Here's what you should and shouldn't do when you have a stye in your eye

A stye isn't something bad. It's not contagious or dangerous, not even terribly painful and yet, it can drive you crazy. Here’s how to handle this common condition, and when you should see a doctor.

 Eye (photo credit: INGIMAGE)
(photo credit: INGIMAGE)

A stye is an infection that appears at the base of the upper or lower eyelashes and usually occurs in both eyes, in different locations along the eyelid. The reason is that the sebaceous glands near the base of the eyelashes become clogged and cause irritation, inflammation and sometimes even a bacterial infection.

Despite the bacterial infection that may occur, a stye isn’t caused by an infectious disease and isn’t contagious. Common symptoms are redness and local irritation, and a hot painful bump in the eyelid area. In the case of a large lesion, it may put pressure on the eye and cause blurred vision.

Usually, styes go away quite easily, but in cases of severe pain and swelling, and especially in cases of blurred vision, see an ophthalmologist. People who continuously develop styes may develop blepharitis. So in cases of recurrent styes, talk to an ophthalmologist.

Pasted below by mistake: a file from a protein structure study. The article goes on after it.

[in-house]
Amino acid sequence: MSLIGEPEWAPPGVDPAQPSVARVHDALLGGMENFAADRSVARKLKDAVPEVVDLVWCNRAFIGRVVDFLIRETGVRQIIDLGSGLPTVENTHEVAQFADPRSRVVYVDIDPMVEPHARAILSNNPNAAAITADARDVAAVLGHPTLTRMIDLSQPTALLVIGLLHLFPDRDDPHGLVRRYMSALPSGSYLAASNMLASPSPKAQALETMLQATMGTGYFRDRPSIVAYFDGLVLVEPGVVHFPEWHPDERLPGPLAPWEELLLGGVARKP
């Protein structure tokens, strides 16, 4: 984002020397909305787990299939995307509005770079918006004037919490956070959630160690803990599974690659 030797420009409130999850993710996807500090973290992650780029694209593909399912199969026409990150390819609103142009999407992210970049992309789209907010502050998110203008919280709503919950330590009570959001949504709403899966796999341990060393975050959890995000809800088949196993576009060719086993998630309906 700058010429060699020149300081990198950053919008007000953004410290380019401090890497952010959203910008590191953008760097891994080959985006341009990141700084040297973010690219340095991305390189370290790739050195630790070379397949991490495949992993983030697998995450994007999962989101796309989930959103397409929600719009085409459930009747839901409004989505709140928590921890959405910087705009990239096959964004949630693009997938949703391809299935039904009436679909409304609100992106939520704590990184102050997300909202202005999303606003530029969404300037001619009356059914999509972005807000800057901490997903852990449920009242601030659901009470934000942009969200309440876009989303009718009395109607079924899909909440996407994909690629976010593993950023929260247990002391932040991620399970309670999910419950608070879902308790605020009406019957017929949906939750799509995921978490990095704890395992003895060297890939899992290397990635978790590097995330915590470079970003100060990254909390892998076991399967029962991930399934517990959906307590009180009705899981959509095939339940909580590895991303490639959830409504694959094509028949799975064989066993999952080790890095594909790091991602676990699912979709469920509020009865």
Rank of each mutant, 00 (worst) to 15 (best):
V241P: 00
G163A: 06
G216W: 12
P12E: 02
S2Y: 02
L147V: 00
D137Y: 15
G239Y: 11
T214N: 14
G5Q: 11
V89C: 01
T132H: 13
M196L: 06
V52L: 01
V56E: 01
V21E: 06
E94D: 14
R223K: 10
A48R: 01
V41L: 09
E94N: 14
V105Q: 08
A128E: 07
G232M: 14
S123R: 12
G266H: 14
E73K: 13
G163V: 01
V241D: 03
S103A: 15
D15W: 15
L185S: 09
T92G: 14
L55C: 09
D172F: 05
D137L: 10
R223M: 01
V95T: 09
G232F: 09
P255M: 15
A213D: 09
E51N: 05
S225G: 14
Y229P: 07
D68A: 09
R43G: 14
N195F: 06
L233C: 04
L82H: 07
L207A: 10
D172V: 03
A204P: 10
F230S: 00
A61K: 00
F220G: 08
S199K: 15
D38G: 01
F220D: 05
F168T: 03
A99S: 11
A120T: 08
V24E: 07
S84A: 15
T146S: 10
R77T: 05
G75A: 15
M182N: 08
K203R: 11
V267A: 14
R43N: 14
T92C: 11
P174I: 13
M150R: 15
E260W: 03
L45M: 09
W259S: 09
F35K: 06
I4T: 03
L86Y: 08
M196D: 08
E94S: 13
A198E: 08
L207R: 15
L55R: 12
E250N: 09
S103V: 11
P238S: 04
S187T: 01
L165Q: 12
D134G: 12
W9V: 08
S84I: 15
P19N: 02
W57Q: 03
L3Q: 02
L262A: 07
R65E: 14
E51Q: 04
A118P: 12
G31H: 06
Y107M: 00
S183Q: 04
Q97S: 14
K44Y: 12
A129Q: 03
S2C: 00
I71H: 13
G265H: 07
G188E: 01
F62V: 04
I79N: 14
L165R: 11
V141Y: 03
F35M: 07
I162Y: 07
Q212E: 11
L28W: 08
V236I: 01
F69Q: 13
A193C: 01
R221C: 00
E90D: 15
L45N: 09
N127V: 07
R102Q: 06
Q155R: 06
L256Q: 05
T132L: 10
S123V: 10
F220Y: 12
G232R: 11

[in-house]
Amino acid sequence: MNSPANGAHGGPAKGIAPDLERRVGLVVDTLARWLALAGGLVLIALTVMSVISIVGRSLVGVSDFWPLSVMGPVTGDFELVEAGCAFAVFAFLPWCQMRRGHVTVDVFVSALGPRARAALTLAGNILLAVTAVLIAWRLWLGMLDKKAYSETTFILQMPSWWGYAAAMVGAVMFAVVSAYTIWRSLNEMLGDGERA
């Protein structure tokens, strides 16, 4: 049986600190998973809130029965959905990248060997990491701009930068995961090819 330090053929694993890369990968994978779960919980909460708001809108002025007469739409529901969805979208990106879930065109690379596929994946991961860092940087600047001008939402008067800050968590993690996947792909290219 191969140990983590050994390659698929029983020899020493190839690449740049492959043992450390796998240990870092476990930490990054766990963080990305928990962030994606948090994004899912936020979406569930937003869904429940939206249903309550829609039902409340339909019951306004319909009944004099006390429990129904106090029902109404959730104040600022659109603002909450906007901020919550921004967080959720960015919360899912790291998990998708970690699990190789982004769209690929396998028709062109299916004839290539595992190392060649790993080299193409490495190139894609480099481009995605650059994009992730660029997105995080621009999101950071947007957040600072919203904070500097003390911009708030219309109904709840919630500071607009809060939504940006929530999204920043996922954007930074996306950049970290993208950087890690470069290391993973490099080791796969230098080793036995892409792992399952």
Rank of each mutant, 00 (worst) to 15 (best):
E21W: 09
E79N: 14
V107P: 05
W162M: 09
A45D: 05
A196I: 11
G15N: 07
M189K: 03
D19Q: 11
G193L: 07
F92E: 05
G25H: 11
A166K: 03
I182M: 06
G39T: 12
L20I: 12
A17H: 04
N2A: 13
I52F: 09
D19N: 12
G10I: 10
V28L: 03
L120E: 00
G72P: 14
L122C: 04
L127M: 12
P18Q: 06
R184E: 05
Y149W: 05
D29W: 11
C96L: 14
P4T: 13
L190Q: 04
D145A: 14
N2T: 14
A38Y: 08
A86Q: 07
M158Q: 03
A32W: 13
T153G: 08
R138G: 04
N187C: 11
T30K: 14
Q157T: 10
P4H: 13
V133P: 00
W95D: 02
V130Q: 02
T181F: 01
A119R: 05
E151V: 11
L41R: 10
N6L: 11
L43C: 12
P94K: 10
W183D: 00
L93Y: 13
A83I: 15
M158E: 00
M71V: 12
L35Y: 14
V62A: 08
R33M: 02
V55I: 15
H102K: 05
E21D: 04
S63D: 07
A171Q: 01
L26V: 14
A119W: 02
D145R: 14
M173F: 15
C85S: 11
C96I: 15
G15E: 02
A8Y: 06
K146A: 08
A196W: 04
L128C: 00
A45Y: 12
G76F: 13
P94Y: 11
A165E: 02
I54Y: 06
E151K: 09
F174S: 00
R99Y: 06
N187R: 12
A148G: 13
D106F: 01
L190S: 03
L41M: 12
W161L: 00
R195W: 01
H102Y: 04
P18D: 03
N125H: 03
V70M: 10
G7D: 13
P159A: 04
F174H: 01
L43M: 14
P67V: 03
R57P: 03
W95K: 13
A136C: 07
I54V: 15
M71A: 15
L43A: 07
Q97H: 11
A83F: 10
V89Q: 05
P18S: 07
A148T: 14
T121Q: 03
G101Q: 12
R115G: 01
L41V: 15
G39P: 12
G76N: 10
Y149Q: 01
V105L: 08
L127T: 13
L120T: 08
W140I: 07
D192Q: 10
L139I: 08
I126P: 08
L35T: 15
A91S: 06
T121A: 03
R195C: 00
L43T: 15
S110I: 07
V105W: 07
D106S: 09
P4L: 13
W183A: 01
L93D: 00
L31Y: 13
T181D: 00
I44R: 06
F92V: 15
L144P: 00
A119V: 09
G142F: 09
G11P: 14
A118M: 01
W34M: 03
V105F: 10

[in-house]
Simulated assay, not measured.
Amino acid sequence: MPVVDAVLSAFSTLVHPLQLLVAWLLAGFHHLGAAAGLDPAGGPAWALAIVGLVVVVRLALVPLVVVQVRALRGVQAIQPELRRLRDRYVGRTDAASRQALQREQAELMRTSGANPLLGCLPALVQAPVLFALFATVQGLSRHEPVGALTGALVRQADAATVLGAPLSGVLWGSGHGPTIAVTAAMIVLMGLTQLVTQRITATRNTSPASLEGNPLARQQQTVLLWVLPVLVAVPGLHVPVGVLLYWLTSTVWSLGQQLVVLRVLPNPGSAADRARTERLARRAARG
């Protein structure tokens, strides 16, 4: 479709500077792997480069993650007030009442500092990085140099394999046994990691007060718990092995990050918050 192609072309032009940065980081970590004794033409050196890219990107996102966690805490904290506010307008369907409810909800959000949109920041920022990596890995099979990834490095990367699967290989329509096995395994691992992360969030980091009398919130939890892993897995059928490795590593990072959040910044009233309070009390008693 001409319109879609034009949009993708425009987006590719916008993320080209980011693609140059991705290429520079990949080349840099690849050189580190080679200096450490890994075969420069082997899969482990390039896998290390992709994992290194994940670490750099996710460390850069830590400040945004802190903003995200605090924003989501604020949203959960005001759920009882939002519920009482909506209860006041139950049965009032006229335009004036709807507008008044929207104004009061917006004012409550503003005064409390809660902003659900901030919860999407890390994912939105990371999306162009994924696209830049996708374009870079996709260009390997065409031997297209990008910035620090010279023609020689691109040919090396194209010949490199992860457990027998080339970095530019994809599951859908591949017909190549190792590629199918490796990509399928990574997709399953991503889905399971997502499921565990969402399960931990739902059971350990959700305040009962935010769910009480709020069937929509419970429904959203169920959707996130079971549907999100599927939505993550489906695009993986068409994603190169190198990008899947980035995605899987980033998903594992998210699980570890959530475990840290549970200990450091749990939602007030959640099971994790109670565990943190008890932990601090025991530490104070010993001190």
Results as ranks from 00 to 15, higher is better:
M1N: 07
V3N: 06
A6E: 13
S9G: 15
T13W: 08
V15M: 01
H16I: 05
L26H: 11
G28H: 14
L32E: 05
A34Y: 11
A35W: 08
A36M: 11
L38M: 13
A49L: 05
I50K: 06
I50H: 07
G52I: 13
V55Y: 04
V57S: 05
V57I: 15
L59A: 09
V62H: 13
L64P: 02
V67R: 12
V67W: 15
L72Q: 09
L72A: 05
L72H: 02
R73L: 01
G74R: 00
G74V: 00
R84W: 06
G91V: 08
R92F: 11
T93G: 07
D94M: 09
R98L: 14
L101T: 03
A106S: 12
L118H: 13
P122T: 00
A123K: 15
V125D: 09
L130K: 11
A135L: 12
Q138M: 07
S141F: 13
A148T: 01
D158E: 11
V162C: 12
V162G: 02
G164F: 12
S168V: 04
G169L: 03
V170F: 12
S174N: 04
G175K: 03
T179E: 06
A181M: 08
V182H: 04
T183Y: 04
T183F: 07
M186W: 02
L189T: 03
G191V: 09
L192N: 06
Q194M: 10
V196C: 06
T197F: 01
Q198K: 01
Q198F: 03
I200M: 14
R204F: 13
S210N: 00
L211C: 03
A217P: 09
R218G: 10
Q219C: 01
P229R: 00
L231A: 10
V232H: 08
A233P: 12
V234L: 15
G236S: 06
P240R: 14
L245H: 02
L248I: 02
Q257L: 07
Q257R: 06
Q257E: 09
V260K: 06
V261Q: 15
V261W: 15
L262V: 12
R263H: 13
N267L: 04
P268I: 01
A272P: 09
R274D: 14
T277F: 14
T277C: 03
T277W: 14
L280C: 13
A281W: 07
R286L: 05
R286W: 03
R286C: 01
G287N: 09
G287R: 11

How to treat a stye in the eye

The best treatment for styes is preventive, especially for those who tend to develop styes. Gently clean your eyelids every day with eye wipes.

An illustrative picture of  a person's eye.  (credit: Wikimedia Commons)An illustrative picture of a person's eye. (credit: Wikimedia Commons)

If there’s already a stye in the eye, there are several things that can be done:

  • In case of pain, take painkillers
  • Apply steroid cream to the affected area
  • Apply warm compresses to soften and soothe the area. You can even place a warm hard-boiled egg wrapped in a towel or a clean cloth.

How not to treat a style in your eye

And of course, it’s very important to know what not to do.

  • Don’t apply antibiotic ointment.

The cause of a stye is usually not bacterial and the treatment is for inflammation and not infection.

  • Don’t make tannin compresses.

Tannin contains pigments that may stain the eye.

  • Don’t try to burst the abscess.

If it doesn’t go away within a few days and the pain worsens, contact an ophthalmologist for surgical drainage

  • Don’t, under any circumstances, put urine on the eye.

We don't really need to explain this, do we?